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Moseley Biochemistry Lab


We study the basic mechanisms that coordinate cell growth and division. At the heart of this coordination are signaling pathways that link cell polarity proteins with the core cell cycle machinery. We use a multi-disciplinary approach to identify these pathways, and then to understand how their activities are controlled by changes in cell size and shape. As many of these proteins are found at distinct sites in the plasma membrane, we have also become interested in the organizational principles that generate discrete compartments at the cell cortex. For this work, we use fission yeast cells as a model system because they allow us to combine a wide range of genetic, genomic, biochemical, and microscopy techniques. In addition, the basic cell polarity and cell cycle systems are well conserved between fission yeast and human cells, where they have important links to the generation of cancer.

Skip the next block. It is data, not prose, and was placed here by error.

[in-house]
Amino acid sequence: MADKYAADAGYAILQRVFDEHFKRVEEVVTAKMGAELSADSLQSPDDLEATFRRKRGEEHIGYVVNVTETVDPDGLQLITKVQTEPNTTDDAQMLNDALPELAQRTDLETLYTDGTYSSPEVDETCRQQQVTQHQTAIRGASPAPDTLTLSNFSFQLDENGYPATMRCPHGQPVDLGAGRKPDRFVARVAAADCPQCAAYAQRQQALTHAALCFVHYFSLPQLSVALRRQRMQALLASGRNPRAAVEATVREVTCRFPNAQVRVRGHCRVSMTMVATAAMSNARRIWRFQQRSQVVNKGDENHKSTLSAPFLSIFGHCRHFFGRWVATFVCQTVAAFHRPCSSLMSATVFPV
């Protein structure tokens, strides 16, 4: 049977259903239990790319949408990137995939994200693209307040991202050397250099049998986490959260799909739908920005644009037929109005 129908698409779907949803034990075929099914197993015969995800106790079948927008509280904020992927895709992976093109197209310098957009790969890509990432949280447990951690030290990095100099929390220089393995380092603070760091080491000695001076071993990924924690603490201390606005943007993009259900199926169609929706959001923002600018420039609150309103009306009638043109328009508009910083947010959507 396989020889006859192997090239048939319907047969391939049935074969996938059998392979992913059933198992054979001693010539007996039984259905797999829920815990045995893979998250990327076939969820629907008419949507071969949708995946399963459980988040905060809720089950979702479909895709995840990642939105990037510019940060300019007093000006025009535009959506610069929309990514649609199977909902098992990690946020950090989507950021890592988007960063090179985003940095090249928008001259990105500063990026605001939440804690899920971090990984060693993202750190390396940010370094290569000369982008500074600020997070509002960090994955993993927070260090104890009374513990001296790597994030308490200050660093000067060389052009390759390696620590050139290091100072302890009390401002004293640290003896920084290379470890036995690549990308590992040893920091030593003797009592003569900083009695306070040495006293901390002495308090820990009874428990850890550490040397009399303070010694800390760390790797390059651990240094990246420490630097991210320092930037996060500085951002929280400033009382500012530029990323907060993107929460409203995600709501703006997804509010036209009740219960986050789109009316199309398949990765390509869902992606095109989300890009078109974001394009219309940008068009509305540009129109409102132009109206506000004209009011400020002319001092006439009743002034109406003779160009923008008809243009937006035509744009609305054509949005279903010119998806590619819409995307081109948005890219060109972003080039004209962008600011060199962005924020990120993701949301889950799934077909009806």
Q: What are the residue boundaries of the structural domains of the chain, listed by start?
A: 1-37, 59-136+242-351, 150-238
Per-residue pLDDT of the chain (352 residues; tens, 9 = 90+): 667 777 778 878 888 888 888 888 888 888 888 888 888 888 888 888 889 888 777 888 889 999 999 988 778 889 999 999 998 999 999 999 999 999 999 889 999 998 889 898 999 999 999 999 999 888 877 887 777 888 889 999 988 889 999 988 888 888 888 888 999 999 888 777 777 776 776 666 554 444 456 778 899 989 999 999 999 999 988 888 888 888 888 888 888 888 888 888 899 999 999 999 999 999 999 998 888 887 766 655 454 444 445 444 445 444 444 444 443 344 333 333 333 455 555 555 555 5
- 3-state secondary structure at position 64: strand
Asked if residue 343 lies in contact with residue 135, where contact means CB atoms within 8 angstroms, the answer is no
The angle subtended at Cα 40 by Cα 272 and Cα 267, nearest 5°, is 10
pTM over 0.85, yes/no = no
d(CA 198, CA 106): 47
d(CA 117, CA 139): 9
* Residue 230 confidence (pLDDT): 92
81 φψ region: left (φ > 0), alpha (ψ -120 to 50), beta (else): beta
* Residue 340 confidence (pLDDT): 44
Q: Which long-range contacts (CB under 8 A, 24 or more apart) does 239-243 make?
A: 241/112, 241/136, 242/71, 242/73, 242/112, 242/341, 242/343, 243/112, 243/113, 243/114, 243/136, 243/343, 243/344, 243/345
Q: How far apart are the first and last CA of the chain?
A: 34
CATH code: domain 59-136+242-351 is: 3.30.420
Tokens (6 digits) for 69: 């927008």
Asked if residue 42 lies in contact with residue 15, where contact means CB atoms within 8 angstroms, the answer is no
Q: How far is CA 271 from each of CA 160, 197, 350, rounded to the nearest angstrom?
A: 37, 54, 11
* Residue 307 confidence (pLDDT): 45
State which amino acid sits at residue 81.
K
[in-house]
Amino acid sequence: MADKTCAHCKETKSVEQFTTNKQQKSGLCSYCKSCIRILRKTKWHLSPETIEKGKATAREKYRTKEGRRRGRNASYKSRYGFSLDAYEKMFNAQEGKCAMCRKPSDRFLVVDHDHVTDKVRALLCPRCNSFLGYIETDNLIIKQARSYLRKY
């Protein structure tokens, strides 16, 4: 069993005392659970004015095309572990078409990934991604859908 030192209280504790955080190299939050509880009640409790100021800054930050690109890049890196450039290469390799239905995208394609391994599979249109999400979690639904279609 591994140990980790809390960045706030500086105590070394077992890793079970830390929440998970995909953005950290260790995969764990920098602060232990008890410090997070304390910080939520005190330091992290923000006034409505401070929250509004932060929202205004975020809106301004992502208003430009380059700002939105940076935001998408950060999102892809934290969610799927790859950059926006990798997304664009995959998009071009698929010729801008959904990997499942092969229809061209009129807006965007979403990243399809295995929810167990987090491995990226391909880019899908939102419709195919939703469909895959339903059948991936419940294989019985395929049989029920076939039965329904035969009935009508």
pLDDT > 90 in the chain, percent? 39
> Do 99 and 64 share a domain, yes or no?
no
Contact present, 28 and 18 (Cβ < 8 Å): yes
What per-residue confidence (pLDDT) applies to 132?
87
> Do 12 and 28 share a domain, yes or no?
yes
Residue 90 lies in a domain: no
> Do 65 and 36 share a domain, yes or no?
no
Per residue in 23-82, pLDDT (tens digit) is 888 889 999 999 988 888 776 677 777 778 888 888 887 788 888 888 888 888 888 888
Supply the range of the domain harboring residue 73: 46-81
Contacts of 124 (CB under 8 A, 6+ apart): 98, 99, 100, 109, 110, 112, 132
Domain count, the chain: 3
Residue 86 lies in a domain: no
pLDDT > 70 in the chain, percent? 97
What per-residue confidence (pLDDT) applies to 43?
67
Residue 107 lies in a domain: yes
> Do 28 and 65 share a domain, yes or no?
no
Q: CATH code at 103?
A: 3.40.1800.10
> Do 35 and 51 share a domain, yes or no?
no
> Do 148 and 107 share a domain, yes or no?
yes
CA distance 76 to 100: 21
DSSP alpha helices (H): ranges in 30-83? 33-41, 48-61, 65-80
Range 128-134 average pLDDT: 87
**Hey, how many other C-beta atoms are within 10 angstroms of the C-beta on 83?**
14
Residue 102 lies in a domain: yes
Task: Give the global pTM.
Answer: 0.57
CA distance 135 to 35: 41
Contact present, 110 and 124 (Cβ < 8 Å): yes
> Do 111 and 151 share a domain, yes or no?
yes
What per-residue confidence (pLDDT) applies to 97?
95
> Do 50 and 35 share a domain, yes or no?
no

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Last updated: 2011-11-29T11:28:10.583-05:00

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The eagle-i Consortium is supported by NIH Grant #5U24RR029825-02 / Copyright 2016